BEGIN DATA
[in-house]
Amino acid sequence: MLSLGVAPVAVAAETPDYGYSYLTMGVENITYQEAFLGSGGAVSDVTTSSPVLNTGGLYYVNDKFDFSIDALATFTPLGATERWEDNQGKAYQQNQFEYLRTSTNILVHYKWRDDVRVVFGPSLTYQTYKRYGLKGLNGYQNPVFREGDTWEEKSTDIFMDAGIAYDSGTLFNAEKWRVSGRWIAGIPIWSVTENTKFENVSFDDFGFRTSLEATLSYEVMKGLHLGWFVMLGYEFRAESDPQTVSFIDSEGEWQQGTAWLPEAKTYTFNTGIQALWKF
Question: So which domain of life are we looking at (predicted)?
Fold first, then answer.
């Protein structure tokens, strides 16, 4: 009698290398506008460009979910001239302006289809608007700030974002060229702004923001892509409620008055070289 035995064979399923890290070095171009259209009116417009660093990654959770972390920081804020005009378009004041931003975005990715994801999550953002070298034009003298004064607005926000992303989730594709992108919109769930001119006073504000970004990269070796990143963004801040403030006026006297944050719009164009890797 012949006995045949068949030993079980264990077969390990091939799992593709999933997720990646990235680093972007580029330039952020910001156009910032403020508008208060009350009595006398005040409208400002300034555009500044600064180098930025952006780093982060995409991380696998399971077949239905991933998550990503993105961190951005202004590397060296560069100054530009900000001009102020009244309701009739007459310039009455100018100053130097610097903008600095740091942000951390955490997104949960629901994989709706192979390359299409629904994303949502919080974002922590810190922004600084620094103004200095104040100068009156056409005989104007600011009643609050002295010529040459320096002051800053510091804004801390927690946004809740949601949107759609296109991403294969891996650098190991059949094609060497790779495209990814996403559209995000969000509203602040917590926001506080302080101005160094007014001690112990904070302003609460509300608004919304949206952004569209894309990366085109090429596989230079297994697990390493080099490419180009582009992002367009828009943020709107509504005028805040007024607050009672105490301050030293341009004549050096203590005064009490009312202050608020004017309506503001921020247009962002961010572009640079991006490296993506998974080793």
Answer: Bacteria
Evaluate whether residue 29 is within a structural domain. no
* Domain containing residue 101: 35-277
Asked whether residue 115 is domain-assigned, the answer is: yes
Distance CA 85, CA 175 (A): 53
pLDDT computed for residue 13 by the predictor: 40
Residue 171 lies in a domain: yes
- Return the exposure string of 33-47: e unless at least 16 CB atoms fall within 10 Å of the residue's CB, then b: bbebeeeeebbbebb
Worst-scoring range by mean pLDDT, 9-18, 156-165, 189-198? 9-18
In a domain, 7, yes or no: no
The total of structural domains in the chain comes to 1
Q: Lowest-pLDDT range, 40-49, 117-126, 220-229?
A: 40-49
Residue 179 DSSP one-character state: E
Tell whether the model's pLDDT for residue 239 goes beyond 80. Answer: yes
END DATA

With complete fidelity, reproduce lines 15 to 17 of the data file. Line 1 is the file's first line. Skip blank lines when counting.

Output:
In a domain, 7, yes or no: no
The total of structural domains in the chain comes to 1
Q: Lowest-pLDDT range, 40-49, 117-126, 220-229?